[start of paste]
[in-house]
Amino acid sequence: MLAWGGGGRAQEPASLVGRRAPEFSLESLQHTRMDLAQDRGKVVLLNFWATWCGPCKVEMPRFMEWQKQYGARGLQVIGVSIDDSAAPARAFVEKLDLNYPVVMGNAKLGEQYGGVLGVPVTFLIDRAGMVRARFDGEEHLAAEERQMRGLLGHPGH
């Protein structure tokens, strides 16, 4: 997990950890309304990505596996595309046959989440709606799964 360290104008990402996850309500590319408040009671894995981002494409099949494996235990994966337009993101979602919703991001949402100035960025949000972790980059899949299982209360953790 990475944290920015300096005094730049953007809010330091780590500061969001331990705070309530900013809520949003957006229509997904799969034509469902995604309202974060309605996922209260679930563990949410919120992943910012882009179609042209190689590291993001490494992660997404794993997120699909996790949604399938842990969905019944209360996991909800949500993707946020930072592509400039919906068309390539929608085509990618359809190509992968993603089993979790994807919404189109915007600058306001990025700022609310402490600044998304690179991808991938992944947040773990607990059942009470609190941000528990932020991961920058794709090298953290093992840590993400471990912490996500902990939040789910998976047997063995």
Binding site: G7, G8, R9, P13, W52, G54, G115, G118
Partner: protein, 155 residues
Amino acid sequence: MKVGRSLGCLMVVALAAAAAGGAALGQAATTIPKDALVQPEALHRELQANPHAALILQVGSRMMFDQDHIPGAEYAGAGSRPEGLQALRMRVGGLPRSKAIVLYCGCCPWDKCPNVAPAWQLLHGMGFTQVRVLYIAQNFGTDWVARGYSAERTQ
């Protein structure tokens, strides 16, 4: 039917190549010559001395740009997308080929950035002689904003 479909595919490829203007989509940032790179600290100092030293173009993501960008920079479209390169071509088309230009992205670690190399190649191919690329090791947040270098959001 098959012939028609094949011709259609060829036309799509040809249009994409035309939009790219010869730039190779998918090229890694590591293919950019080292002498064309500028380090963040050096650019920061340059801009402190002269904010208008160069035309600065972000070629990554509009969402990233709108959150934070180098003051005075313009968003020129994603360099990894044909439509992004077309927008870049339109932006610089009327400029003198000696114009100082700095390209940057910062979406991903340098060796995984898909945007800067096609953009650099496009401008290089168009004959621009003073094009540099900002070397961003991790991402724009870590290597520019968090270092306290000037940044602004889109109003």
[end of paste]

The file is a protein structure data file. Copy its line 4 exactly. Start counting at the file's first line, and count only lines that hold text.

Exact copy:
Binding site: G7, G8, R9, P13, W52, G54, G115, G118